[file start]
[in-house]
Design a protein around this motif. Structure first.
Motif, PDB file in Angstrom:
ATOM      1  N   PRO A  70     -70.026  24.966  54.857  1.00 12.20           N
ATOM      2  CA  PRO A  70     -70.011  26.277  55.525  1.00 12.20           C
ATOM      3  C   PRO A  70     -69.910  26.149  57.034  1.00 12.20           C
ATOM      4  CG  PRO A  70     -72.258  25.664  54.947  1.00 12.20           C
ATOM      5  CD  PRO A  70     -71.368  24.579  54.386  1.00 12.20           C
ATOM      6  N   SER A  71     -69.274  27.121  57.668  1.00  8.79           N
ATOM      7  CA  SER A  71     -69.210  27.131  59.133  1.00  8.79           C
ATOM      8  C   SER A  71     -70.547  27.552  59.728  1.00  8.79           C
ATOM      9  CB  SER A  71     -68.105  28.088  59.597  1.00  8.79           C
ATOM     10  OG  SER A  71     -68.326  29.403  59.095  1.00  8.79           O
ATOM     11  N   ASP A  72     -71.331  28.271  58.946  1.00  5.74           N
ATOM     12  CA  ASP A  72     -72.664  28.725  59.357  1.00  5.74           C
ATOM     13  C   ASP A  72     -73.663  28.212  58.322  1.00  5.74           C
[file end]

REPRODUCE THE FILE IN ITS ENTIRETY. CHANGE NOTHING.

[in-house]
Design a protein around this motif. Structure first.
Motif, PDB file in Angstrom:
ATOM      1  N   PRO A  70     -70.026  24.966  54.857  1.00 12.20           N
ATOM      2  CA  PRO A  70     -70.011  26.277  55.525  1.00 12.20           C
ATOM      3  C   PRO A  70     -69.910  26.149  57.034  1.00 12.20           C
ATOM      4  CG  PRO A  70     -72.258  25.664  54.947  1.00 12.20           C
ATOM      5  CD  PRO A  70     -71.368  24.579  54.386  1.00 12.20           C
ATOM      6  N   SER A  71     -69.274  27.121  57.668  1.00  8.79           N
ATOM      7  CA  SER A  71     -69.210  27.131  59.133  1.00  8.79           C
ATOM      8  C   SER A  71     -70.547  27.552  59.728  1.00  8.79           C
ATOM      9  CB  SER A  71     -68.105  28.088  59.597  1.00  8.79           C
ATOM     10  OG  SER A  71     -68.326  29.403  59.095  1.00  8.79           O
ATOM     11  N   ASP A  72     -71.331  28.271  58.946  1.00  5.74           N
ATOM     12  CA  ASP A  72     -72.664  28.725  59.357  1.00  5.74           C
ATOM     13  C   ASP A  72     -73.663  28.212  58.322  1.00  5.74           C